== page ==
Being out there, immersing myself in such a beautiful celebration was a privilege and blessing in itself. Seeing all the happy, smiling expressions brought so much joy to myself, and being able to capture such overwhelmingly positive emotion was not something we can do on any other given day. 


45mm F1.8

45mm F1.8

45mm F1.8

45mm F1.8

17mm F1.8

45mm f1.8


General Camera Setup:
Aperture Priority, ISO400-3200, adjusted depending on lighting condition, EV compensation adjusted based on my view through the EVF, metering was center-weighted, Auto-White Balance. Main lens (if you have not noticed) was 45mm f1.8, shot mostly wide open, for shallow depth of field and to take advantage of the wide aperture in low light shooting. Noise Filter set to LOW, considering many shots were taken at ISO1600 and higher. 

I know I have been asked countless times about my camera settings, it was VERY difficult for me to explain that there is no one magic setting that will automatically create good shots in ALL situations. I received so many emails asking me what is the optimized setting for their Olympus cameras, and in all honesty, I change my settings ALL the time to suit the shooting condition. Surely I cannot use the settings for my street shooting in this particular Deepavali shoot! Also when I am shooting insect macro I cannot use these settings as well!

Also one VERY VERY VERY important thing to note, in important shooting events, I always share my settings and setup on how to capture the shots. I have actually share ALMOST EVERYTHING on my blog and keep nothing to myself. I have shared all my macro shooting setup and techniques, and I even have a video taken while I was shooting macro. I have shared my street shooting techniques, how to approach strangers and how I normally set my camera, to my favourite lens choices when I am shooting on the street. I have also shared my philosophies and thoughts on the streets, on how I always went against the rules and I do not fit into the general street photography crowd. I have also shared my street black and white post-processing tips. All my photographs have their EXIF data intact, you may download them or use an EXIF viewer plug-in on your browser to view the EXIF data and actually know what shutter speed, ISO or aperture I use.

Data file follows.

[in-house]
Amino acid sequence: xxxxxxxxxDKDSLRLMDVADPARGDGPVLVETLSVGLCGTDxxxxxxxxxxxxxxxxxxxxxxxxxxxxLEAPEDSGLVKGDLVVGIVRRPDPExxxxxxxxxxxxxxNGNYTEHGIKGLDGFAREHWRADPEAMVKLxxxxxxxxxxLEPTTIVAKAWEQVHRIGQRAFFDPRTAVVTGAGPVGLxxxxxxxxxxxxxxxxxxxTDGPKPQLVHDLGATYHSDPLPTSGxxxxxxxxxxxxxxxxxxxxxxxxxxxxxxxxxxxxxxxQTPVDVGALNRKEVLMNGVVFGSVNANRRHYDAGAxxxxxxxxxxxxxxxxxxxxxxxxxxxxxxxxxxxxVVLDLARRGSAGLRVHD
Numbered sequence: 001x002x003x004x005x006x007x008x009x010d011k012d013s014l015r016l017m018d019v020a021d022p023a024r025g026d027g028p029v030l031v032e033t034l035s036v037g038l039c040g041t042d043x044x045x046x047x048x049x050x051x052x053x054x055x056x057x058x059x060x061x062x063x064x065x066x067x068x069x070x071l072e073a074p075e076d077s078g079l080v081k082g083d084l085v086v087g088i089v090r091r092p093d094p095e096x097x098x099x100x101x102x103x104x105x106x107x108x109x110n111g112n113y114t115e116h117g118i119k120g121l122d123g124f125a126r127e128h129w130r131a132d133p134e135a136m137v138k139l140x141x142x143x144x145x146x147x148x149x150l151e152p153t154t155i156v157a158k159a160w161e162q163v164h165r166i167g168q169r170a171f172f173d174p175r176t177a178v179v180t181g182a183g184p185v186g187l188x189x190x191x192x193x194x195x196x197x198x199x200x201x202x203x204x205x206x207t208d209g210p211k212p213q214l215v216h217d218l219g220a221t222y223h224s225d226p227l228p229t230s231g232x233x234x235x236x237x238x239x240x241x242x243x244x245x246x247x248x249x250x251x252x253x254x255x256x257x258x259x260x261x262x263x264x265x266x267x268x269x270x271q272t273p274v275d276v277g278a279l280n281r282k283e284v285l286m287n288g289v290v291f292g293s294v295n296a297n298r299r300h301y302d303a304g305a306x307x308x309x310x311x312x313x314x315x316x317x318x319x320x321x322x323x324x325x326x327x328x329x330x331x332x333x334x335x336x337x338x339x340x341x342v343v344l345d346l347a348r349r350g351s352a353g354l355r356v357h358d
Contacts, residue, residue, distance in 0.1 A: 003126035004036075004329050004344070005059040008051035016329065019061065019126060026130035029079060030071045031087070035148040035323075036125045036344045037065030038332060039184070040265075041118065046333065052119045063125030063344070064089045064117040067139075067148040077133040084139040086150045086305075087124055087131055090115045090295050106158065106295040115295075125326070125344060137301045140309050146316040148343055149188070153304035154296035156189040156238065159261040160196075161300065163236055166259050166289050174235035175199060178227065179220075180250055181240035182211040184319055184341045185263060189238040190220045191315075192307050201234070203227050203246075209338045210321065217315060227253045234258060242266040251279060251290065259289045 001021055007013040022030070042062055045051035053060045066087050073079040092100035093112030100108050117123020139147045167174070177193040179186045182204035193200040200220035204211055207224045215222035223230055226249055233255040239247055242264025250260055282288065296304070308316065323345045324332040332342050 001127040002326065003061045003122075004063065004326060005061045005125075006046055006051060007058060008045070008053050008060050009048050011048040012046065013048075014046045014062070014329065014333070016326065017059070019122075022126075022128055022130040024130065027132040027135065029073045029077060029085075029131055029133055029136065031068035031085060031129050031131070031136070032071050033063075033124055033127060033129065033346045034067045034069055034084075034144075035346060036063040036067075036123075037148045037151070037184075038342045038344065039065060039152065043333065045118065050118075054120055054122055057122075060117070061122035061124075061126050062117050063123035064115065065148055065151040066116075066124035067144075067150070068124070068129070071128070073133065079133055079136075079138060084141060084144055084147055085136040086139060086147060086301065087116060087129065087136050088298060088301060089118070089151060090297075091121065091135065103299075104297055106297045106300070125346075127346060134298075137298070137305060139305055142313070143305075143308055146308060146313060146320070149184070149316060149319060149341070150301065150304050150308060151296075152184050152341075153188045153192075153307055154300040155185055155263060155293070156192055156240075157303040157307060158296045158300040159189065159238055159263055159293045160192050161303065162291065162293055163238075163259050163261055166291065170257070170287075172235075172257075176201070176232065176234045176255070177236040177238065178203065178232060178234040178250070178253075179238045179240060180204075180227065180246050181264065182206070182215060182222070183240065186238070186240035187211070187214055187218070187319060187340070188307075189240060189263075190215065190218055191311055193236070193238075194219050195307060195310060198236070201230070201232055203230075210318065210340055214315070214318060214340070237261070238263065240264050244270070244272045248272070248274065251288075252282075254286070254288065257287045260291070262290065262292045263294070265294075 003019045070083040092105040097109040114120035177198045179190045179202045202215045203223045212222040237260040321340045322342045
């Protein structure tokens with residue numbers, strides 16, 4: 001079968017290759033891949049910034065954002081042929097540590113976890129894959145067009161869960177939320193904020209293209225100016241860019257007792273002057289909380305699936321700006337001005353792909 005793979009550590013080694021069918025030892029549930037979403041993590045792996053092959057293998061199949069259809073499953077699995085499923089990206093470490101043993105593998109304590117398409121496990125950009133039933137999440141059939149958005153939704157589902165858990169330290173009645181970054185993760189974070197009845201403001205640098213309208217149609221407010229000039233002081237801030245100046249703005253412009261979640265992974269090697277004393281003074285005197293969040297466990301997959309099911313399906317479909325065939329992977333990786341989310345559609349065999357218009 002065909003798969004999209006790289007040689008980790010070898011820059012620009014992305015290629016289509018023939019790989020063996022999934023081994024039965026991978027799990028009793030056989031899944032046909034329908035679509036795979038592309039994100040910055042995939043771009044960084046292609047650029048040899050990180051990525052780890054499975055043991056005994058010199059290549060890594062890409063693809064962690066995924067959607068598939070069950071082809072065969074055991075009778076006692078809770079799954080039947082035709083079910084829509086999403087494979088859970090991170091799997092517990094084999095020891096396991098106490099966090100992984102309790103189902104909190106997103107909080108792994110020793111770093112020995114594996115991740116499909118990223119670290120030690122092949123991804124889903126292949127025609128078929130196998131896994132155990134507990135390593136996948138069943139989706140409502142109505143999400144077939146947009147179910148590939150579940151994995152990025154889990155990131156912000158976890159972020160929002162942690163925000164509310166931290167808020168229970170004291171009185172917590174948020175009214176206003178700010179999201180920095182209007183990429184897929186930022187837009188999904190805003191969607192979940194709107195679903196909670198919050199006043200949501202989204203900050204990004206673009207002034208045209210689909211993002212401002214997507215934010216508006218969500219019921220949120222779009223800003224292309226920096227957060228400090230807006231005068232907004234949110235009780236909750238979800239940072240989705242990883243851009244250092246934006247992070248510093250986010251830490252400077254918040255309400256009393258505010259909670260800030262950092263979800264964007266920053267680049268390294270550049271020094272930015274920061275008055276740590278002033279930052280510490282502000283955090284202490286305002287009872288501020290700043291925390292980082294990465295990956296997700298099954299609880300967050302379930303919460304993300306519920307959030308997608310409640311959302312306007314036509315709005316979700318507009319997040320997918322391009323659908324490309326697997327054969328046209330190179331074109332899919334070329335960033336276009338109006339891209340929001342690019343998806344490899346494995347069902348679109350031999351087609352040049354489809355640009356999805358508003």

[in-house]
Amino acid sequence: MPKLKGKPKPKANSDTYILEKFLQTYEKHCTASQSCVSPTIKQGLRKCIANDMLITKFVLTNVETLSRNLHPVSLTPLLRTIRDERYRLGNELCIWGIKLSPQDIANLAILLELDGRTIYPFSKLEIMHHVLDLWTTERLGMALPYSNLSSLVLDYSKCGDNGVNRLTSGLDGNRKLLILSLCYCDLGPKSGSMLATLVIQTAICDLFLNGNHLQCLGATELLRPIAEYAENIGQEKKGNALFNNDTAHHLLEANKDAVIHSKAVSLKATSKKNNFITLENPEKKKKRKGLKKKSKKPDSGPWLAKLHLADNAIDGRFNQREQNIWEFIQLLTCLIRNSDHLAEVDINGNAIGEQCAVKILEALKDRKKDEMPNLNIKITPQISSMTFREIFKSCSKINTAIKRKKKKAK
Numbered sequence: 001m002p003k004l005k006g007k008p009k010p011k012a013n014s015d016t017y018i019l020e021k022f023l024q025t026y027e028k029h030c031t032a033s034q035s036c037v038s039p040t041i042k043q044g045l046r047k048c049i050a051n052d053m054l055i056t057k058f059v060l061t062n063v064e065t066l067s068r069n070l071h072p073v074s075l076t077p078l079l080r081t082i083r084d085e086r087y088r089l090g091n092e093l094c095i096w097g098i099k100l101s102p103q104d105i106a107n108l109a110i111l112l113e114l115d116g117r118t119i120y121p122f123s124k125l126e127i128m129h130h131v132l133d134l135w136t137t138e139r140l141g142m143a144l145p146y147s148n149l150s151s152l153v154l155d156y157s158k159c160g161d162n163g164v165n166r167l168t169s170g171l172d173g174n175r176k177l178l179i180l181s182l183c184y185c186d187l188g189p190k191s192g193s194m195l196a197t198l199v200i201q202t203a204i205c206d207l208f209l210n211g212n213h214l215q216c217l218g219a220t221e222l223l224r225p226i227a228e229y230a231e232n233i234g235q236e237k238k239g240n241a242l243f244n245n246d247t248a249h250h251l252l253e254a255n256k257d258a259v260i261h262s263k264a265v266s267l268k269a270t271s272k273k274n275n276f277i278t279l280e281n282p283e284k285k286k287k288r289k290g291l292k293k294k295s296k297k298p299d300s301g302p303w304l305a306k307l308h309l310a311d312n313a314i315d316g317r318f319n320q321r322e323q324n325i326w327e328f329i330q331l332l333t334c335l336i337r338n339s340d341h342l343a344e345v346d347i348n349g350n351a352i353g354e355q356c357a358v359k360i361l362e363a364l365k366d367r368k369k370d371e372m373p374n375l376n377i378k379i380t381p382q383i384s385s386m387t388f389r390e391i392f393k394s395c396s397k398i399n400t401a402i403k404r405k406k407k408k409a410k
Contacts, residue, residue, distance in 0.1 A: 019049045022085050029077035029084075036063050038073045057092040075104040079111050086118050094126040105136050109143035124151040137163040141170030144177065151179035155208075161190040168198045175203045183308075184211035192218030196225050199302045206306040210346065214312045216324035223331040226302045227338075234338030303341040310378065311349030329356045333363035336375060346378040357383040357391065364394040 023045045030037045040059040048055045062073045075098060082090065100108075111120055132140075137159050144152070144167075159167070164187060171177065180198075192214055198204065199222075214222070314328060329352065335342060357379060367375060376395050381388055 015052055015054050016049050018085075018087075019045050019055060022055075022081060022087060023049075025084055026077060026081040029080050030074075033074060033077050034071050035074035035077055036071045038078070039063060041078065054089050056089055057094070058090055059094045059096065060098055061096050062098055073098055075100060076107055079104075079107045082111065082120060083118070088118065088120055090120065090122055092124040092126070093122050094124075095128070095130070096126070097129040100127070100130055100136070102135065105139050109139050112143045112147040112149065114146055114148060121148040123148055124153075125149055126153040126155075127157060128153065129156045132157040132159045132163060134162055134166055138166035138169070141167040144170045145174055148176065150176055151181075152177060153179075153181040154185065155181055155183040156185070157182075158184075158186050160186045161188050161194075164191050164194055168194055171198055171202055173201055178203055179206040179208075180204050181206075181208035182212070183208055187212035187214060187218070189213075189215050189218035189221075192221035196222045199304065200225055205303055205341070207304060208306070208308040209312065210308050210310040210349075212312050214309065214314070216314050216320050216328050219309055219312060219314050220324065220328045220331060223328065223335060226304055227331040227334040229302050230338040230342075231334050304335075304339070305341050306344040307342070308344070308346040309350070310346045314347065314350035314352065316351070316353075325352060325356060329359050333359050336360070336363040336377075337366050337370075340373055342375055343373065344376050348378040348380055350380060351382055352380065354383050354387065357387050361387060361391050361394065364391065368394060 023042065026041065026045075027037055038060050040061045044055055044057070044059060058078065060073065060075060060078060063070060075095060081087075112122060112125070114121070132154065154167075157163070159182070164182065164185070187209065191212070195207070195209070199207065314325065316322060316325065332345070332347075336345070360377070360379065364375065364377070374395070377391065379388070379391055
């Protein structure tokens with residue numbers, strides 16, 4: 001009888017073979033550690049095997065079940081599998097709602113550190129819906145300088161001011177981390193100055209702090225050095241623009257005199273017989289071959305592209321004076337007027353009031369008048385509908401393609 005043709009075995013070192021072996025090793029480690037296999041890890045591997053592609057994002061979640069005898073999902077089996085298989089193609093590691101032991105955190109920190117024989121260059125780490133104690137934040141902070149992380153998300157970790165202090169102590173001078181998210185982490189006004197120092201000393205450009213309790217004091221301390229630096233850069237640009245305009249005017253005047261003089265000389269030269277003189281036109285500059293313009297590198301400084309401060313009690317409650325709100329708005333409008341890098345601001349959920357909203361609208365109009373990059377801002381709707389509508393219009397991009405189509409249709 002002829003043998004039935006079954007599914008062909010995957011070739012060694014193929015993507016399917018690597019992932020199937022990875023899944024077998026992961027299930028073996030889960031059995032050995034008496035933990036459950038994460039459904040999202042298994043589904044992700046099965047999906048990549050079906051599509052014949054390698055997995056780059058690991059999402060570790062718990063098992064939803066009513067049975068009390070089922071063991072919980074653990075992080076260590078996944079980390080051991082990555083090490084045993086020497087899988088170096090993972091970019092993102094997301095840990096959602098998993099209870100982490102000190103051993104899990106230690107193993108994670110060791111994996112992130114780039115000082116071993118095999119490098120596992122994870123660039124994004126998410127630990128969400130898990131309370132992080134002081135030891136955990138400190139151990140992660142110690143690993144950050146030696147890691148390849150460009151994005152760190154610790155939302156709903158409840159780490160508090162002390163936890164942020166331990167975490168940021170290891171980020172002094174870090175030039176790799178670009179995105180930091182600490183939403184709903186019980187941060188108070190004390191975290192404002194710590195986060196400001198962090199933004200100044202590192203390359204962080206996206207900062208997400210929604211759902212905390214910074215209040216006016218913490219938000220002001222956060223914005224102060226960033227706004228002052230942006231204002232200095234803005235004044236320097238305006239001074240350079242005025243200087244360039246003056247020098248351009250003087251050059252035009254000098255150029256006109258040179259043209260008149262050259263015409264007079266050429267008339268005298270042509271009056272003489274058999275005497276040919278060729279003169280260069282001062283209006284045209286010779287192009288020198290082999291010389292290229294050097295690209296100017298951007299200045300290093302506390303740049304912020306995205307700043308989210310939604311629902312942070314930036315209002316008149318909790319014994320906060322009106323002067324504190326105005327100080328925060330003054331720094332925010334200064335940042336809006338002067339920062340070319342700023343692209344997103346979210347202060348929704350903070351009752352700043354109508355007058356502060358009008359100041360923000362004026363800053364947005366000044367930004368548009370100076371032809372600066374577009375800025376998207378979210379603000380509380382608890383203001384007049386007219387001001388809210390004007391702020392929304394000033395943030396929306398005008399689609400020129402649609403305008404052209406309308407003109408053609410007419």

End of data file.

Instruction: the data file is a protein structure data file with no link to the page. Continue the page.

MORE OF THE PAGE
So you can imagine, after ALL my effort writing here over the span of years, when I still get email asking me "how to set the camera", I really, really want to say "please just use the search function on my blog" but that would show that I am arrogant and did not care enough to entertain to questions from my readers. 

If you are first time reader here, or very new to my blog, PLEASE use the search box at the top of side bar. 

45mm F1.8

45mm F1.8

45mm F1.8

I hope you have all enjoyed the shots from the Deepavali shooting. It was one of my most enjoyable photography outings, and I strongly encourage you to explore this event next year if you have not done so.

I was shooting with some friends, and they have also updated their blogs, you can view their photographs (Micro 4/3 shooters) and write-ups here:


52 comments :

  1. Great shots. I think the last 3 are best -- or at least my favorites.

    ReplyDelete
  2. Haha! I was reading your post and then I scrolled down to the end and saw what you wrote. It's up, finally. Not as many shots as you or Alex, though. Mine were mostly repetitive. And I love the portrait shot of the little boy in blue!

    ReplyDelete
    Replies
    1. Great shots Carmen, glad you decided to have it updated!

      Delete
  3. Last two shots are STELLAR, robin. Love them :)

    ReplyDelete
  4. Hi Robin!
    The last 3rd shot is spectactular!
    Love it
    And did you just walk into the temple without knowing any of them and start shooting?
    How did you do that??

    ReplyDelete
    Replies
    1. hey Tan,
      Yes, I just walked into the temple without knowing any of them and started shooting.
      I just did it.

      Delete
    2. This comment has been removed by the author.

      Delete
    3. Ohh and I thought you have a friend who brought you in!
      And good to know this doesn't apply to only ppl on the street =D
      Nice entry. Thanks

      Delete
    4. People in Malaysia are nicer than you think!

      Delete
  5. Hi Robin, I definitely agree with you, though I tend to prefer the 45mm over the 17mm, your photos had a better composition last year (using the 17mm). the last 3 using the 45mm are very good, the other using the 17mm is excellent as well. Actually and surprisingly I prefer your last year shots with the 17mm over these ones.

    ReplyDelete
    Replies
    1. yeah, glad to see another person seeing that too!

      Delete